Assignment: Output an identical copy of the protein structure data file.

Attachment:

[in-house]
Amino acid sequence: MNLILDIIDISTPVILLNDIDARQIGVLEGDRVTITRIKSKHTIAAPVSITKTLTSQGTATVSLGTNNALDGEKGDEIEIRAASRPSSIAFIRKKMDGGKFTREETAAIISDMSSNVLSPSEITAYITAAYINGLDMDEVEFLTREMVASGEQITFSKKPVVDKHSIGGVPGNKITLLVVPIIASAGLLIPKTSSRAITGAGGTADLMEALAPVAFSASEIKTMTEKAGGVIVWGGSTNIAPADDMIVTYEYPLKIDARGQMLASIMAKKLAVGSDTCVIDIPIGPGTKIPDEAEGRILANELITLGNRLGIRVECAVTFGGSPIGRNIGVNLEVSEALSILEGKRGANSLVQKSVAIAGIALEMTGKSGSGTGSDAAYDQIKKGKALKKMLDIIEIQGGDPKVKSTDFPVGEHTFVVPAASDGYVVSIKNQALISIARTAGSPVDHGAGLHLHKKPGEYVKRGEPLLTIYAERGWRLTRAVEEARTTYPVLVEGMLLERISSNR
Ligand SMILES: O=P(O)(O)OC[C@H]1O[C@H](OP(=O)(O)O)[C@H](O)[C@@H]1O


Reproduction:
[in-house]
Amino acid sequence: MNLILDIIDISTPVILLNDIDARQIGVLEGDRVTITRIKSKHTIAAPVSITKTLTSQGTATVSLGTNNALDGEKGDEIEIRAASRPSSIAFIRKKMDGGKFTREETAAIISDMSSNVLSPSEITAYITAAYINGLDMDEVEFLTREMVASGEQITFSKKPVVDKHSIGGVPGNKITLLVVPIIASAGLLIPKTSSRAITGAGGTADLMEALAPVAFSASEIKTMTEKAGGVIVWGGSTNIAPADDMIVTYEYPLKIDARGQMLASIMAKKLAVGSDTCVIDIPIGPGTKIPDEAEGRILANELITLGNRLGIRVECAVTFGGSPIGRNIGVNLEVSEALSILEGKRGANSLVQKSVAIAGIALEMTGKSGSGTGSDAAYDQIKKGKALKKMLDIIEIQGGDPKVKSTDFPVGEHTFVVPAASDGYVVSIKNQALISIARTAGSPVDHGAGLHLHKKPGEYVKRGEPLLTIYAERGWRLTRAVEEARTTYPVLVEGMLLERISSNR
Ligand SMILES: O=P(O)(O)OC[C@H]1O[C@H](OP(=O)(O)O)[C@H](O)[C@@H]1O